19 Pages Posted: 21 Oct 2008
This case depicts the history of an unusual brand in the "super premium" segment of the vodka market. The top-of-line positioning is supported with creative advertising, narrow distribution, point-of-purchase advertising, and expensive advertising production. Absolut has used very expensive inserts as advertisements in print vehicles during the Christmas season. The last inserts described in the case cost approximately $1 each to manufacture and distribute via the media vehicle (The New Yorker). The case asks students to decide whether such expensive advertising should be continued and, if so, how. The societal effects of advertising alcoholic beverages and the implications of pursuing such exclusive positioning strategies may also be explored.
You found it inserted in the December 1988 issues of LA Style and New York magazines: two sheets of plastic, one clear and attached at the edges; inside, a viscous liquid containing floating snow droplets. You could shake it and, like an old-fashioned paperweight of a Christmas scene, snow swirled around a bottle of Absolut vodka—“Absolut Wonderland.” The industry, advertisers, publishers, and news media took note. Was this (the second in Absolut's blockbuster Christmas ads) the establishment of a tradition? What next?
Background of the Alcoholic Beverage Industry
The 21st amendment, which marked the end of Prohibition in the United States, allowed each state to regulate the sale of alcoholic beverages. More than 50 years later, their sale was still highly regulated and taxed. Some states had licensed private package stores, some had state-controlled stores, and the regulation of on-premise drinking laws varied considerably. A three-tiered system of distribution was strictly followed, however: producers/importers, wholesalers, and retailer/on-premise licensees. Wholesalers were allowed to operate only within one state. All retail and on-premise licensed vendors (bars, restaurants, and clubs) were required to buy from wholesalers. Eighteen states were “control” states, that is, the state owned and operated the majority of retail outlets. In these states, bar and restaurant owners received a discount on buys but had to make all of their purchases through state stores. “Noncontrol” states required licensing but allowed competitive pricing.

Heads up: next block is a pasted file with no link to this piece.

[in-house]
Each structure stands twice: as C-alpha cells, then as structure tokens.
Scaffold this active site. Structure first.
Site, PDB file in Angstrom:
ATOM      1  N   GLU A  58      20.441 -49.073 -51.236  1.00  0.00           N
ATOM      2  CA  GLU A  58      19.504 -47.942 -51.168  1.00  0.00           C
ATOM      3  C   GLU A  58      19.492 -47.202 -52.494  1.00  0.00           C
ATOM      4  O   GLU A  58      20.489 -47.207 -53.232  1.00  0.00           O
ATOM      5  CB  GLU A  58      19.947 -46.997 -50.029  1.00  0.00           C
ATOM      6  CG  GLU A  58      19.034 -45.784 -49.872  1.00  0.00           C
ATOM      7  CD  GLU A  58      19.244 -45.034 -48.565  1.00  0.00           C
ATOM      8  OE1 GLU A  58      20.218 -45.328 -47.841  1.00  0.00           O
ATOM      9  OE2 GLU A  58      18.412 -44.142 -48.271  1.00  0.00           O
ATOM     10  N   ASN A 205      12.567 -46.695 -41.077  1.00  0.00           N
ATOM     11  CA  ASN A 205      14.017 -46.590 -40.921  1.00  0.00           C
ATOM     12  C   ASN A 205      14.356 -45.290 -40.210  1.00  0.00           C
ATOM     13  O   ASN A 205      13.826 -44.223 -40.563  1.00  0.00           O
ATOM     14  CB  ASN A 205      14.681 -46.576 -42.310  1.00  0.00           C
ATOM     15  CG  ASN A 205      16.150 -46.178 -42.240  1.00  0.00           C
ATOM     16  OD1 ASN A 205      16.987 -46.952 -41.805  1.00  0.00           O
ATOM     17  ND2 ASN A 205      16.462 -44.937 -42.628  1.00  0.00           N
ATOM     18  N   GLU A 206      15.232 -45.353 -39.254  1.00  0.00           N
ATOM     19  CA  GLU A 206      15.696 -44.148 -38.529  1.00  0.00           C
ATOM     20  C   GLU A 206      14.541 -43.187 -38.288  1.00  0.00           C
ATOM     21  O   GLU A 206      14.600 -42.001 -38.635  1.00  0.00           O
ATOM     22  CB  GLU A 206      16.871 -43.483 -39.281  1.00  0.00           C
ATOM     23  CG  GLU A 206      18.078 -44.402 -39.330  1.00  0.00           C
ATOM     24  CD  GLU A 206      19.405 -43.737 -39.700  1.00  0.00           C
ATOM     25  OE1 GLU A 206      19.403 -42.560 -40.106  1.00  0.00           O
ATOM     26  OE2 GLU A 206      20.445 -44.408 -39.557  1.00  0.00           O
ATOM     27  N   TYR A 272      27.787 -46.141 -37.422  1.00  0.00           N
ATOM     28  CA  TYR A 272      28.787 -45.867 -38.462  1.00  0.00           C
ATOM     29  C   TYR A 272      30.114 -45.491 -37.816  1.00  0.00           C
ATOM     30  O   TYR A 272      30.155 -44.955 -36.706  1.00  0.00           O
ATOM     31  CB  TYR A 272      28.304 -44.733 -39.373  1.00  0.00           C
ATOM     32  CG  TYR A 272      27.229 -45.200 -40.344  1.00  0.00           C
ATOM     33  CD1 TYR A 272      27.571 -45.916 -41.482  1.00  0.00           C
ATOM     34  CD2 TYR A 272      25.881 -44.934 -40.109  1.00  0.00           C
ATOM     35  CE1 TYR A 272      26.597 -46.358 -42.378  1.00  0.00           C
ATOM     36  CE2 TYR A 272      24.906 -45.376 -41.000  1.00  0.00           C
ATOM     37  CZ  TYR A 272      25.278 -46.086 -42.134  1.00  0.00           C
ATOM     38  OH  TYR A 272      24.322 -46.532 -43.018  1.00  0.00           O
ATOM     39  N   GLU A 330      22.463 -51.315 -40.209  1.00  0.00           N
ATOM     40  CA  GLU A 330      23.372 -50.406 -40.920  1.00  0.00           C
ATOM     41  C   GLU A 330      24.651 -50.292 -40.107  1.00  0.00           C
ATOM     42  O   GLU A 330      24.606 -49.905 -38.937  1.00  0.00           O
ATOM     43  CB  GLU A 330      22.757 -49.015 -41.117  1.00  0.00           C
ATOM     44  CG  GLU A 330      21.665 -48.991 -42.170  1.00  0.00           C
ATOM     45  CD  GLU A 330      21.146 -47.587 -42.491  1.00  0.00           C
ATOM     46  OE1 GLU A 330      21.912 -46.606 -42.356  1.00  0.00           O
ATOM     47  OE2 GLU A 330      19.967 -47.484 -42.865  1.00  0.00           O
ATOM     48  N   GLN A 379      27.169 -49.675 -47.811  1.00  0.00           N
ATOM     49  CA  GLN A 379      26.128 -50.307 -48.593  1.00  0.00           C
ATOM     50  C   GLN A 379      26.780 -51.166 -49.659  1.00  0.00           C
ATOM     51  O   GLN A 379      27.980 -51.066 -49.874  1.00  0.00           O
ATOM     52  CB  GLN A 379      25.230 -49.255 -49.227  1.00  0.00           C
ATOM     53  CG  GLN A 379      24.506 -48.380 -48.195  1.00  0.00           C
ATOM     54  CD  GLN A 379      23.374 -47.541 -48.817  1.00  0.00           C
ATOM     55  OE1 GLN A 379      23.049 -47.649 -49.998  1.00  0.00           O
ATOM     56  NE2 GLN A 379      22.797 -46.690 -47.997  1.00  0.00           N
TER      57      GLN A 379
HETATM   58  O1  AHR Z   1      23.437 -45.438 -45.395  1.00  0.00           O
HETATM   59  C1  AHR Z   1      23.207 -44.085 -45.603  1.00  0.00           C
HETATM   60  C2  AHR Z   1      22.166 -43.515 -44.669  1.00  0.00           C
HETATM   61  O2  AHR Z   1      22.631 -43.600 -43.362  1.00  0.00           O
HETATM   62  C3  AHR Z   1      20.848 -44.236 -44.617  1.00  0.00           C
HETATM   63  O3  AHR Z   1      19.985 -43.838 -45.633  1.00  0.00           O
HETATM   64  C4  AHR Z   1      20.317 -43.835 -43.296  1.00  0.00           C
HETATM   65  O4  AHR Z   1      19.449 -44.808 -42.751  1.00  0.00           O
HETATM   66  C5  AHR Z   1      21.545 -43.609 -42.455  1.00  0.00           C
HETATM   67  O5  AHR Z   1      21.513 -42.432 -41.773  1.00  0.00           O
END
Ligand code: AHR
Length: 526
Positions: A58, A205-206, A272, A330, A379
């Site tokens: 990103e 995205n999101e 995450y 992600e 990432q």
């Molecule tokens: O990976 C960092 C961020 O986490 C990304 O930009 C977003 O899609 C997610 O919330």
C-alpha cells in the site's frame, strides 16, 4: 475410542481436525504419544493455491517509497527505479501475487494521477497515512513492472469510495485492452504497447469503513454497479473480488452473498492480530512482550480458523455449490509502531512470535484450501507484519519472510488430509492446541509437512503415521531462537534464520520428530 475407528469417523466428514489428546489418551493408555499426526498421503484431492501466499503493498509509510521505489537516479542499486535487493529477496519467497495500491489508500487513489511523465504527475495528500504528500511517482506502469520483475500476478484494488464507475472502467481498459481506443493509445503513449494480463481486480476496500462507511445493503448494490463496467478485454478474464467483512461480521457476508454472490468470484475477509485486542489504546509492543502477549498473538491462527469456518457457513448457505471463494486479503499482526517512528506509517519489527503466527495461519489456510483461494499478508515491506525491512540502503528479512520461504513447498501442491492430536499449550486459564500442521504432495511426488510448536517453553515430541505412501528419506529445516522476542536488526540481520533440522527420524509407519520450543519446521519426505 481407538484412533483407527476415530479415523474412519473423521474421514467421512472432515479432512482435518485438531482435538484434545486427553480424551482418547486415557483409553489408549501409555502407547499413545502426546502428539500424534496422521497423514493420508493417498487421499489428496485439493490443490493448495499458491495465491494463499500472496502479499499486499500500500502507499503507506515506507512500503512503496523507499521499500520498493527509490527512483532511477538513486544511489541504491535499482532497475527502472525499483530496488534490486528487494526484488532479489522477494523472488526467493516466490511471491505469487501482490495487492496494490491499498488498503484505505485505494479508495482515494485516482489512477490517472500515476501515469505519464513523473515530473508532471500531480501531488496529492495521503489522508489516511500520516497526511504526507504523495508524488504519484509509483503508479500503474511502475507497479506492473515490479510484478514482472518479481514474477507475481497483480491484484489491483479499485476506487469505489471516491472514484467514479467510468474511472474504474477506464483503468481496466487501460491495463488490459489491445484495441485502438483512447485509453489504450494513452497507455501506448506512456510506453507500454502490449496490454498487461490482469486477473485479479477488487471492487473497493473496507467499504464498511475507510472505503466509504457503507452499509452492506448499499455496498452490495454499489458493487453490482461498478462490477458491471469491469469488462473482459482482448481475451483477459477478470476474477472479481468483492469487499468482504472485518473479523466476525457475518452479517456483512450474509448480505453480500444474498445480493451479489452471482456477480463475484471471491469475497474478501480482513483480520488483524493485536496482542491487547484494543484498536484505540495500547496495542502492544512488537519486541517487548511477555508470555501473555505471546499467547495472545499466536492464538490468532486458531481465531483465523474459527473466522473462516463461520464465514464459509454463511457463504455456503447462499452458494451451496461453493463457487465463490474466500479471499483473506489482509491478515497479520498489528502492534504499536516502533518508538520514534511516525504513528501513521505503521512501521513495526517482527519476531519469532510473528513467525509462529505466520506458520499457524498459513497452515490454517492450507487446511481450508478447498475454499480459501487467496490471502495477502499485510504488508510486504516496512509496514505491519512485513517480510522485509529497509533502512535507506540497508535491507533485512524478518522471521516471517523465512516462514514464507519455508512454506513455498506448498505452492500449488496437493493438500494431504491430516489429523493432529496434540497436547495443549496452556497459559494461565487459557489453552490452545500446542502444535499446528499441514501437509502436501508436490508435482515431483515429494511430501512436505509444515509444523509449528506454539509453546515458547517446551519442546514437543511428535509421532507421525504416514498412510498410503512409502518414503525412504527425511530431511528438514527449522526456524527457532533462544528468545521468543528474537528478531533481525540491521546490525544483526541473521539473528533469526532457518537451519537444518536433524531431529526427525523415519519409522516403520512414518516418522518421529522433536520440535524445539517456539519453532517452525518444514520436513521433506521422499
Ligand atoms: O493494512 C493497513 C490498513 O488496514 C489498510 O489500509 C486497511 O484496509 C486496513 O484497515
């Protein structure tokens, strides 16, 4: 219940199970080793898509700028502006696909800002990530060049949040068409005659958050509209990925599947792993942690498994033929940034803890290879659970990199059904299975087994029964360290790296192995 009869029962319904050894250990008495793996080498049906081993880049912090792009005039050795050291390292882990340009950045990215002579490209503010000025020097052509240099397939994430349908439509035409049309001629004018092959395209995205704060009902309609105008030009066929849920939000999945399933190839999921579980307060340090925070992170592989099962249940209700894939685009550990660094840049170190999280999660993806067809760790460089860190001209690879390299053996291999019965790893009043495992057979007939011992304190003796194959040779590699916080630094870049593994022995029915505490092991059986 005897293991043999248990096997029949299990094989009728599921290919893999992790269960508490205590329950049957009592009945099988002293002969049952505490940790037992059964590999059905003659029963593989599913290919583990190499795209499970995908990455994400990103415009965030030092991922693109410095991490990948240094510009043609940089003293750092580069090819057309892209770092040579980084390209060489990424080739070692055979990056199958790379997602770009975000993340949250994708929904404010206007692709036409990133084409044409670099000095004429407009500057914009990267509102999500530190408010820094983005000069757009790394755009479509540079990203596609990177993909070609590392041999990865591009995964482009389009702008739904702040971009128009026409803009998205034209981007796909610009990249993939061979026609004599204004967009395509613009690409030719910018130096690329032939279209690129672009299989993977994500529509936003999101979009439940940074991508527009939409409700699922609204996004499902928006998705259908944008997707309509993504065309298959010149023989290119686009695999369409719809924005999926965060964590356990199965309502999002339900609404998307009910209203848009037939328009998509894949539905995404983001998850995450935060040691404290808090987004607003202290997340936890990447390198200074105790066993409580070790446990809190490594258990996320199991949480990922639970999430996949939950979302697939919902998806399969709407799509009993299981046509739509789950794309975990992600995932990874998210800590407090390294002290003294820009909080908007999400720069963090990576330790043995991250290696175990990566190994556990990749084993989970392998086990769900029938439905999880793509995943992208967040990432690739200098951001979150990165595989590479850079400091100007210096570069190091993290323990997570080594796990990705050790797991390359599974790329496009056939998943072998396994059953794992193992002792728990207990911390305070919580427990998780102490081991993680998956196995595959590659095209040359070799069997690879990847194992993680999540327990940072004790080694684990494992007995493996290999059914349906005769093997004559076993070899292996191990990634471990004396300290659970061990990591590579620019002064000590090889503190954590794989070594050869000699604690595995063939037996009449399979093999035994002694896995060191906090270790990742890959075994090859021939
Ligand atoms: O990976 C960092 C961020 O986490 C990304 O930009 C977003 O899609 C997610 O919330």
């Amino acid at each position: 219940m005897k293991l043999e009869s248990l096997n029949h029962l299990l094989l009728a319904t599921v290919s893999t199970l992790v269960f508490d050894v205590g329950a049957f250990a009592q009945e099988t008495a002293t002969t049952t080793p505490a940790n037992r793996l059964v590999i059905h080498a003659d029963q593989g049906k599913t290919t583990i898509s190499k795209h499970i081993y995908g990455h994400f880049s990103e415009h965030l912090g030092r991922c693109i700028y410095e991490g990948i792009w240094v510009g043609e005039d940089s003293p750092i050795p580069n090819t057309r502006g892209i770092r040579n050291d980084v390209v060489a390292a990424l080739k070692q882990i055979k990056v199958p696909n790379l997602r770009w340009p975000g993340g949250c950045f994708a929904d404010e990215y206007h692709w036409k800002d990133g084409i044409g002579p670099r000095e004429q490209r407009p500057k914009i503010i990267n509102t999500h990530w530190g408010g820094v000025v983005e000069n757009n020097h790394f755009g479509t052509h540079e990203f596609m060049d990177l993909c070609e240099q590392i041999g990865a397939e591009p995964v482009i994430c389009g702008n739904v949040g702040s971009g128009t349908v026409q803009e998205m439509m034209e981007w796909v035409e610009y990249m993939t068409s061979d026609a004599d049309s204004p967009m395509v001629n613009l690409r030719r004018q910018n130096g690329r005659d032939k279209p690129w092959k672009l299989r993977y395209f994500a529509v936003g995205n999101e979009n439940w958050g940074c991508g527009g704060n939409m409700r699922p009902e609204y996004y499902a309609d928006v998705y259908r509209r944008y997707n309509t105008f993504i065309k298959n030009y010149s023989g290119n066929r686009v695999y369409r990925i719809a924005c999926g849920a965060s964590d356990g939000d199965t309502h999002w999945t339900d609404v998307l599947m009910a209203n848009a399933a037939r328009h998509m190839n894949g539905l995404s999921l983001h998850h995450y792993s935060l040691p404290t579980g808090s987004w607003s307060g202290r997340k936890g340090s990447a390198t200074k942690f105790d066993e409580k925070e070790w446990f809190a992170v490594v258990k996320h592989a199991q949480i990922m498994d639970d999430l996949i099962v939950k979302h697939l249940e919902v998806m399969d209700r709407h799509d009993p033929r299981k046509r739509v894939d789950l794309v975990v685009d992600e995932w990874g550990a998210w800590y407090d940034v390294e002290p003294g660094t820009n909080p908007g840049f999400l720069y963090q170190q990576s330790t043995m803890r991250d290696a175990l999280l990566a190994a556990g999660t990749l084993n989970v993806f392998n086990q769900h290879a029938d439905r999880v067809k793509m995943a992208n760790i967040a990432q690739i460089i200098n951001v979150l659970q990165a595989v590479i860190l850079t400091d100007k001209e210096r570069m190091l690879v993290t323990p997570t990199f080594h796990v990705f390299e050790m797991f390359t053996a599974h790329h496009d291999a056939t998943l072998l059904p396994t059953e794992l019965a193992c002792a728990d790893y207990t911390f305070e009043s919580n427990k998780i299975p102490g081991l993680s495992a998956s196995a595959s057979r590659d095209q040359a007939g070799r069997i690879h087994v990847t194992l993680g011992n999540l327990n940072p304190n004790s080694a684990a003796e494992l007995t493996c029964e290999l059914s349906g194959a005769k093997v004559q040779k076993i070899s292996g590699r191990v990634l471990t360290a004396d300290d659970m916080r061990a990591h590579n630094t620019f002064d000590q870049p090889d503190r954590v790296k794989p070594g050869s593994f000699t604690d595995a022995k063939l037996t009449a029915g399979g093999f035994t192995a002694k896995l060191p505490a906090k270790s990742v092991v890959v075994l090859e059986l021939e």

Alcoholic beverages (distilled spirits, wine, and beer) were a $ 170 billion global market in the mid-1980s; global advertising expenditures, excluding other promotional devices such as sports sponsorships, were estimated at about $ 2 billion. One-half of this spending was estimated to occur in the United States.
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Keywords: advertising, advertising media, advertising strategy, ethical issues, marketing strategy, product positioning
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